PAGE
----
End of the list

The Leffingwell House in Norwich, Connecticut

A blessing of tracing genealogy back to colonial America is that so much of its documentary history has been so richly excerpted in published histories or reproduced in full in a variety of formats that it’s not always necessary to seek out the original sources. And of course, the internet has opened the doors to these documentary resources even wider.

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I Can’t Hide Mine, Please Don’t Hide Yours: An Open Letter to Ben Affleck

“We need formerly slaveholding families to come to the fore, not hide.” Amen, my brother Michael.


Dear Ben,

Its unfortunate because of a massive internet hack we are in this particular place discussing your ancestral past. It’s horrible that your private matters were exposed because of something beyond your control. That’s untenable in any situation, but we need to address something right quick…this slavery thing.  You were embarassed, and that’s reasonable given the situation and the circumstances that produced it. But Ben Affleck, take it from a Black guy; with a platform like yours, don’t you dare be embarrassed to come from an ancestor who held enslaved people. Because….We need to know.

I don’t think many Black people really understand the profound guilt, shame or embarassment some white descendants of slave holding families feel. It’s not just that many assume personal responsibility for the past or that they grasp that their privilege or power is not just based on perceptions based on skin color.  Clearly these…

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Amazing grace

Glenda Menzies, née Strawser (1938-2012)
Glenda Menzies, née Strawser (1938-2012)

People ask what drew me to write a biography of Lillian Carter, mother of President Jimmy Carter (Lillian Carter: A Compassionate Life, McFarland & Company, 2014)

Aside from the obvious—who wouldn’t want to write about the life of America’s sassiest First Mother, who lived compassion as a daily act of faith?—there is something Lillian once said to her presidential son. “I wish I had been born a black woman,” Lillian told him. She qualified this by saying felt she’d have been a more effective human being in the fight for civil rights. The statement is startling and even challenging, and certainly ironic coming from a white Southern woman of slave-owning ancestry, or indeed from any white person. How many people of African American ancestry would agree that being black had helped them in any special way in the fight for equality?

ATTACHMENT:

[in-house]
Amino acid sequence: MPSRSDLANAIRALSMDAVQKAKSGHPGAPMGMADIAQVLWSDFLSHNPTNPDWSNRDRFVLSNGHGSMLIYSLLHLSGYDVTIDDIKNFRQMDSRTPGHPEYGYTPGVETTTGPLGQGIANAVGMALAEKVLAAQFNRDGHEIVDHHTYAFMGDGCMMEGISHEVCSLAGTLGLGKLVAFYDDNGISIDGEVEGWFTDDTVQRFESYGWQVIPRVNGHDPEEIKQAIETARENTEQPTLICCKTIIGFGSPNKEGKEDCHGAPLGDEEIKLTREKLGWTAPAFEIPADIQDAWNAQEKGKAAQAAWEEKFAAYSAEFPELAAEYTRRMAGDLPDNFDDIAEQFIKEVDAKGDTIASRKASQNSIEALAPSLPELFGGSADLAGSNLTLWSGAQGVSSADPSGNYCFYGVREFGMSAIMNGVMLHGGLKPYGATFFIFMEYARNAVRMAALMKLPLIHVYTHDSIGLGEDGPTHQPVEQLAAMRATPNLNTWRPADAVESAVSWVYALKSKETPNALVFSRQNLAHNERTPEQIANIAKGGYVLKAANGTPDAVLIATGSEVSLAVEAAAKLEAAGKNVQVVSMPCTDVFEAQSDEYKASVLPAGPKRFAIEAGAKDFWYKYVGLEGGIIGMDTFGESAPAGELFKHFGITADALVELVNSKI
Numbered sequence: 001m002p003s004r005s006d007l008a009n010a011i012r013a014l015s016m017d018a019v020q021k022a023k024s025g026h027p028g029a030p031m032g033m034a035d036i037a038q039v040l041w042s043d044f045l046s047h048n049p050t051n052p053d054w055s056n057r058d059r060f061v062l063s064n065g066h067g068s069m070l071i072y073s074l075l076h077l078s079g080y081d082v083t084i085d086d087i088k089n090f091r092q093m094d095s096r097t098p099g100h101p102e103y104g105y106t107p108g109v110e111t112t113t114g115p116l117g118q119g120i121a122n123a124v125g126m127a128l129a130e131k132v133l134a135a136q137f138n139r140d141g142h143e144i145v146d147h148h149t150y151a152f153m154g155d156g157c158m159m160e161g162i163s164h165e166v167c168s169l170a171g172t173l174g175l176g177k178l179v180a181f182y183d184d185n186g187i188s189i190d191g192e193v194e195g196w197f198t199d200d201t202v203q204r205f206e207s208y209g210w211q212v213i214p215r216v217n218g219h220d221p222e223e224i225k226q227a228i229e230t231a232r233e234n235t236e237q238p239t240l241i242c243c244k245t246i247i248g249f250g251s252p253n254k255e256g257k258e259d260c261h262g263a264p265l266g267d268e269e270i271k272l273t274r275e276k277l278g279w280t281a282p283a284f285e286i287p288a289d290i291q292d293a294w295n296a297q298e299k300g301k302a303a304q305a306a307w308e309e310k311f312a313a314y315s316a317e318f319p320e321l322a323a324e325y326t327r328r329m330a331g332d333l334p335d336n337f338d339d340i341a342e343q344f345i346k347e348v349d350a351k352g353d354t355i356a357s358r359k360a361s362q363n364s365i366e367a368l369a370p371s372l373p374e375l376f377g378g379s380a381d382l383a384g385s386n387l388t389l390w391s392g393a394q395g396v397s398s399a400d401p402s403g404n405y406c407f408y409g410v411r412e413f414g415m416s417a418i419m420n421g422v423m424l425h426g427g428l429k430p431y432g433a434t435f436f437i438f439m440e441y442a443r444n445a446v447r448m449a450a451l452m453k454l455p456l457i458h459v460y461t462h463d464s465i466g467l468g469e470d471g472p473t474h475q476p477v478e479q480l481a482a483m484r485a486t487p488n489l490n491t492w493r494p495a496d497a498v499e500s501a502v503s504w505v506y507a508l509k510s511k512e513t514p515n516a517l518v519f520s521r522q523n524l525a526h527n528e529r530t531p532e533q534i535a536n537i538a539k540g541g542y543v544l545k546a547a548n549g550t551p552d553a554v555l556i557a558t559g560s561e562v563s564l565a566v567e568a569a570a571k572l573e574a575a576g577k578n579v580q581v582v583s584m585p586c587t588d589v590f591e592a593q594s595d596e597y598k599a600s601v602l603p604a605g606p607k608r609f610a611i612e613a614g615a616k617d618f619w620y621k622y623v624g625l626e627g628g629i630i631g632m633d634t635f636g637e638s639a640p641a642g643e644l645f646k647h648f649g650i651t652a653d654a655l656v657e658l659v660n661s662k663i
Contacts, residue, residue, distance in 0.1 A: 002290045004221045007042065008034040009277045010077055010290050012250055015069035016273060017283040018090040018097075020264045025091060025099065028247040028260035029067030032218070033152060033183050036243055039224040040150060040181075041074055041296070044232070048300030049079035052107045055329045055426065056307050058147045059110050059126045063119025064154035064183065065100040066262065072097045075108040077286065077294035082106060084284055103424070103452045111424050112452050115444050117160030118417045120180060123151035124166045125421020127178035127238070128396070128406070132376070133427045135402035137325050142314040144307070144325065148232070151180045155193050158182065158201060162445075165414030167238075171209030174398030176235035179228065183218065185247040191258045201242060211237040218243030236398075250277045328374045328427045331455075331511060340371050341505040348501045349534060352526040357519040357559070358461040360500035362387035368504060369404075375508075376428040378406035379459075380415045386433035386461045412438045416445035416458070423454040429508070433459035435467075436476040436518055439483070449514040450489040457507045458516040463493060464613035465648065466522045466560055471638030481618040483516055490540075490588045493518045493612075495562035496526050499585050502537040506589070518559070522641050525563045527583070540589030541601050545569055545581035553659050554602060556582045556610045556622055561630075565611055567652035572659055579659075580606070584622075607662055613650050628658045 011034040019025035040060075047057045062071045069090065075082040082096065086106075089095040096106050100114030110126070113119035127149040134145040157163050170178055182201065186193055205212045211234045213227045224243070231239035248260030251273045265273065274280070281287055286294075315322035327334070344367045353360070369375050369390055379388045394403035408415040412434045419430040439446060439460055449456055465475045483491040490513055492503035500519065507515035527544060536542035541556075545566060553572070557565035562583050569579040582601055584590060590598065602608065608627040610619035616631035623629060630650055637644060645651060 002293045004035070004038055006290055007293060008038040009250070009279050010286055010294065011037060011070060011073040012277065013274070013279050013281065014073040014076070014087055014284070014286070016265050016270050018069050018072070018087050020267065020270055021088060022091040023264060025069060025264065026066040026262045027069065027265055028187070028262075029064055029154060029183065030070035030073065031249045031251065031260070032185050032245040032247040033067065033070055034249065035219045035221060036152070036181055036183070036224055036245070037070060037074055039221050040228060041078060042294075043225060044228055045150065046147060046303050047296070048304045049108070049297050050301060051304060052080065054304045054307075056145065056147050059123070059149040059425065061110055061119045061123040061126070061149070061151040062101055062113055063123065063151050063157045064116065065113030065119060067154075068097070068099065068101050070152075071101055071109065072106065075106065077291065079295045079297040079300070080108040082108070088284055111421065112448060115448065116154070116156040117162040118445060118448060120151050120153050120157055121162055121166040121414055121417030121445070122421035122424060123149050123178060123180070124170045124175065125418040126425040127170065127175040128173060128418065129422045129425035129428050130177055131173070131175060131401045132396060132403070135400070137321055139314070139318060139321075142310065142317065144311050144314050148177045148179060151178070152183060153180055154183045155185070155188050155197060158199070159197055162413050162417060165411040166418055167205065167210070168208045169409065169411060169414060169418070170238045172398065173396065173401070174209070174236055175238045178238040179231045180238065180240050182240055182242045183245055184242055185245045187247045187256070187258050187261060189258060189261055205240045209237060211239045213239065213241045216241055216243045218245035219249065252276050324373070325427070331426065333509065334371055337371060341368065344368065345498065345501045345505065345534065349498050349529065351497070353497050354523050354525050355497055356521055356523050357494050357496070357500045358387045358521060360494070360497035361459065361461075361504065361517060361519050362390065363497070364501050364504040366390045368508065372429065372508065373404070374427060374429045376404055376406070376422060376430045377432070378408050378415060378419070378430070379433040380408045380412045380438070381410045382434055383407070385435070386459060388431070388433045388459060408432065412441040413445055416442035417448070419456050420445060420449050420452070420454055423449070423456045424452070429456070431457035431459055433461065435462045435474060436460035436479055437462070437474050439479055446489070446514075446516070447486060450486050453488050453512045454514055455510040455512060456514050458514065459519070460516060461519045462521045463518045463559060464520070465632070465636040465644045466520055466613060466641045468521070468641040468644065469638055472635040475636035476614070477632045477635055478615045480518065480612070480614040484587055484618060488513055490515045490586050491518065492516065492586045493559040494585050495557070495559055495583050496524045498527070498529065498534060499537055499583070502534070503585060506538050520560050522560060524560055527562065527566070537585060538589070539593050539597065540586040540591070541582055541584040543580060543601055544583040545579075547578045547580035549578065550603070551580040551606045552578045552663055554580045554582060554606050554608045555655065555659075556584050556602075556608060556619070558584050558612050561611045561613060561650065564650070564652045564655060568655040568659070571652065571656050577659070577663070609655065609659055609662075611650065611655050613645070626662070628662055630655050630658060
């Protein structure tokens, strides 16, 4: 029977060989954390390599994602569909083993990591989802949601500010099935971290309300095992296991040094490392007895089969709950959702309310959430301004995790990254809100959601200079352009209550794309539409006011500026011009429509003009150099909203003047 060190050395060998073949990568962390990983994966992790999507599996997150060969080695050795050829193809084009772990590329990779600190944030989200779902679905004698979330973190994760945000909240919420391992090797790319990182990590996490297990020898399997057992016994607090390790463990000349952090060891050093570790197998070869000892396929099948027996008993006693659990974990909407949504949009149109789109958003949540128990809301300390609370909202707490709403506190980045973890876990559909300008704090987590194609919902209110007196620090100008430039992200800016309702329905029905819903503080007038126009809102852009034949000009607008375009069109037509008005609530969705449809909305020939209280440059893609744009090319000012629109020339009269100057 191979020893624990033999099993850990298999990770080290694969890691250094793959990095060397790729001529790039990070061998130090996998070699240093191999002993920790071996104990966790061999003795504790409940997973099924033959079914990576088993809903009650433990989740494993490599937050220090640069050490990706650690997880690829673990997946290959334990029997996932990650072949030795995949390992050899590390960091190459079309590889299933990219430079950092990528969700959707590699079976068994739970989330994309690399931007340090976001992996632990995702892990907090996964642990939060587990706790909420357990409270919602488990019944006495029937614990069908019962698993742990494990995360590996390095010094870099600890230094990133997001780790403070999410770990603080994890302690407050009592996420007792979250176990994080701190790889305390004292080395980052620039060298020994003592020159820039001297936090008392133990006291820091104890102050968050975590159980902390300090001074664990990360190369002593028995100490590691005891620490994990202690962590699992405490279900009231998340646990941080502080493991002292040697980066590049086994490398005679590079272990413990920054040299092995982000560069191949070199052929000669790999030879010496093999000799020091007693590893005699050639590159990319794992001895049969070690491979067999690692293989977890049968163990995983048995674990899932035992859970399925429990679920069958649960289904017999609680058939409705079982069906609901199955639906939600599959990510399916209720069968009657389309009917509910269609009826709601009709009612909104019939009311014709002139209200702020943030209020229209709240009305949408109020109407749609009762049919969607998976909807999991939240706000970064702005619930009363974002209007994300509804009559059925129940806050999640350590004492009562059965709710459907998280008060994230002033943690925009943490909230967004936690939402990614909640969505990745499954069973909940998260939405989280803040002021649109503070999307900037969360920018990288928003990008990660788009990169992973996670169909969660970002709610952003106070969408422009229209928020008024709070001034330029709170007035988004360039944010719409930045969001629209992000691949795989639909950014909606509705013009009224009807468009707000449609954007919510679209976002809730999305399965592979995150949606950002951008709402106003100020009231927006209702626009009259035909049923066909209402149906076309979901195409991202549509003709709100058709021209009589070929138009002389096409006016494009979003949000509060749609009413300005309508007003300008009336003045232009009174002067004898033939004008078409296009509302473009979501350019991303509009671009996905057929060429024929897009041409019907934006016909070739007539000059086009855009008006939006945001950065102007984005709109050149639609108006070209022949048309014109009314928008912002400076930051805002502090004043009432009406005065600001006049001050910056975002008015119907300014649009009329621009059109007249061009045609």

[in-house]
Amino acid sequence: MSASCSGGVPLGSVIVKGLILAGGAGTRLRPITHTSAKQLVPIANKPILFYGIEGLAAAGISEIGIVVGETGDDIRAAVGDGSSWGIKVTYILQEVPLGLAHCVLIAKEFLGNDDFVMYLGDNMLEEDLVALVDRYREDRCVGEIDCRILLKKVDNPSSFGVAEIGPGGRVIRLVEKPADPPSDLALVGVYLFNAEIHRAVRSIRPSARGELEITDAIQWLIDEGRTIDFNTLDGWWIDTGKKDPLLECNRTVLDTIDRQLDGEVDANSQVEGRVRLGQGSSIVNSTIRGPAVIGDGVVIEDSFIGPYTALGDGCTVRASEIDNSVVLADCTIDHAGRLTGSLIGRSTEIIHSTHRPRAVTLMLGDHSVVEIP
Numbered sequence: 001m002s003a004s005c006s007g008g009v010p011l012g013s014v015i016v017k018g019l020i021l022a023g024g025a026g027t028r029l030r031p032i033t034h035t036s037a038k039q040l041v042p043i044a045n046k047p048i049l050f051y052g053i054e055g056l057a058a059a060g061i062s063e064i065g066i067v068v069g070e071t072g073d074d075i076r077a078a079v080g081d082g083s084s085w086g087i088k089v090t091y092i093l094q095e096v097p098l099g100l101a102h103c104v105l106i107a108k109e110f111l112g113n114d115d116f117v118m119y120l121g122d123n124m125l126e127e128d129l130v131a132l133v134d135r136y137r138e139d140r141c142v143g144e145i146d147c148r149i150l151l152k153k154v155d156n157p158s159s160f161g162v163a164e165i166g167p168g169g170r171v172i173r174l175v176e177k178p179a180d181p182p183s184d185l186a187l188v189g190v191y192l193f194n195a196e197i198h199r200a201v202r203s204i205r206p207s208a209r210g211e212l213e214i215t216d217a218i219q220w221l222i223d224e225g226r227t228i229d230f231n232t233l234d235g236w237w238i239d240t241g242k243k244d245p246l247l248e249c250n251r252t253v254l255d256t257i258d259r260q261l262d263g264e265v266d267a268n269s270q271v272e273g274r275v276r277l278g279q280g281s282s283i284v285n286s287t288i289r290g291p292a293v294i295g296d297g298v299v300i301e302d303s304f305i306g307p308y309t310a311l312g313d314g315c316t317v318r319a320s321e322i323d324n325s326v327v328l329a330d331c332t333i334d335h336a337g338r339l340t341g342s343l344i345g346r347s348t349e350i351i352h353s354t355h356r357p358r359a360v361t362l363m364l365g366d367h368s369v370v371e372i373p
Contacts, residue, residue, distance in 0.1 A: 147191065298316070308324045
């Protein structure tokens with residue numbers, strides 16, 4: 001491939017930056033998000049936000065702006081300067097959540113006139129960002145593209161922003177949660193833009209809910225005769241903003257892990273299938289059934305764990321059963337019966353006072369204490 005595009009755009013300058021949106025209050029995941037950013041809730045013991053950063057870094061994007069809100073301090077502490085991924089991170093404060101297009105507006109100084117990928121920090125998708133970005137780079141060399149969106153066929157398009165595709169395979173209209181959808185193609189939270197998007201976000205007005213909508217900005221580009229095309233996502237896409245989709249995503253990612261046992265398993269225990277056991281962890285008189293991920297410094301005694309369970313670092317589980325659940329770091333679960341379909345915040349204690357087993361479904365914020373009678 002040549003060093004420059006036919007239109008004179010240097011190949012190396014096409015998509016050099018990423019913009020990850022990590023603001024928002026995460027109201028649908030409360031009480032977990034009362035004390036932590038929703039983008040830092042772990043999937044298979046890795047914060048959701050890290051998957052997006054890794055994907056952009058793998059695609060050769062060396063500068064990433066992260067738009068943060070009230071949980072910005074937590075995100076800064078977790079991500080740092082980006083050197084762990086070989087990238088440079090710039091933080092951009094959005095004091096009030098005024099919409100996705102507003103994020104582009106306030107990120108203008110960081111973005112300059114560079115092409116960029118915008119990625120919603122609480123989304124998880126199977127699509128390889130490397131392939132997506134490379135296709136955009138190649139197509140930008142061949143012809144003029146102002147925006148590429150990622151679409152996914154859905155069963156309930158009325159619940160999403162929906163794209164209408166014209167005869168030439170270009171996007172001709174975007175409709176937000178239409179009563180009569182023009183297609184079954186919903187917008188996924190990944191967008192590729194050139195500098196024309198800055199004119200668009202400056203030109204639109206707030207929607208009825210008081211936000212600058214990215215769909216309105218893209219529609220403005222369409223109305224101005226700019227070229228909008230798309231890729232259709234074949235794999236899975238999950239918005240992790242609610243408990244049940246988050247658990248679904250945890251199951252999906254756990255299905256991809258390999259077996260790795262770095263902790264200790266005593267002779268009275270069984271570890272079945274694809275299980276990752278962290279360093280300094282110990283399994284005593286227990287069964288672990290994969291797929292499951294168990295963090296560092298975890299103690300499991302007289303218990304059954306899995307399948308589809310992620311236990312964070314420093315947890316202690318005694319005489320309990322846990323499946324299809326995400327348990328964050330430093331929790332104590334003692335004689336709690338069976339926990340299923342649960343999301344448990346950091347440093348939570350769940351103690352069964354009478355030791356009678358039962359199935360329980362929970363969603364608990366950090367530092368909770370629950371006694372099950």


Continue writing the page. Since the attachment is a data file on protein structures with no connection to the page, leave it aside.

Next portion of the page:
This statement stuck in my mind for another reason. My mother, also a white woman descended from enslavers, had said much the same thing to me often during my childhood. In fact, she said it to me again shortly before her death in 2012. “I wish,” she told me, echoing Miss Lillian, “that I could have been born a black woman.”

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Cleaning House

1651 Peter Lely (English artist, 1618-1680) Elizabeth Murray, Lady Tollemache
1651 Peter Lely (English artist, 1618-1680) Elizabeth Murray, Lady Tollemache

I was never taught that slavery existed in the north. I was taught that it was a southern phenomenon, and this was reinforced by what my maternal grandmother remembered about her family’s past. She knew that before the Civil War, her southern ancestors had owned slaves in South Carolina, Georgia, Mississippi, Louisiana, and she deplored this.

In fact, of all my grandmother’s ancestors, I was certain, even proud, that at least her Connecticut and Massachusetts forebears, people from the heart of future Abolitionist territory, were free of contact with the “peculiar institution”. Yet a little digging unearthed a fact of which I had long been ignorant: even people from New England, from the heart of the future Abolitionist movement, owned slaves. As I was to find, my New England ancestors actually owned more slaves than my southern ones, and for a longer period of time, in a chain of enslavement forged a little over sixty years after Columbus “discovered” America in 1492.

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Remembering their names

When I joined Coming To The Table over two years ago, I began a journey—a journey into the lives and times of my slave-holding ancestors and, most important for me, into the lives of the people they had enslaved. Taken together, we call ourselves linked descendants.

Along the way, I have participated in discussions with other descendants of enslaved and enslaver, and learned from what they have said to me.  In March 2012, I had the opportunity to spend a night in slave quarters with Joseph McGill, founder of the Slave Dwelling Project (http://www.lowcountryafricana.com/2012/04/10/descendants-of-slaveholders-descendants-of-slaves-share-overnight-stay-at-bush-holley-house-greenwich-ct/ ), and other Coming To The Table members, in Connecticut, the last place any of us might associate with slavery.

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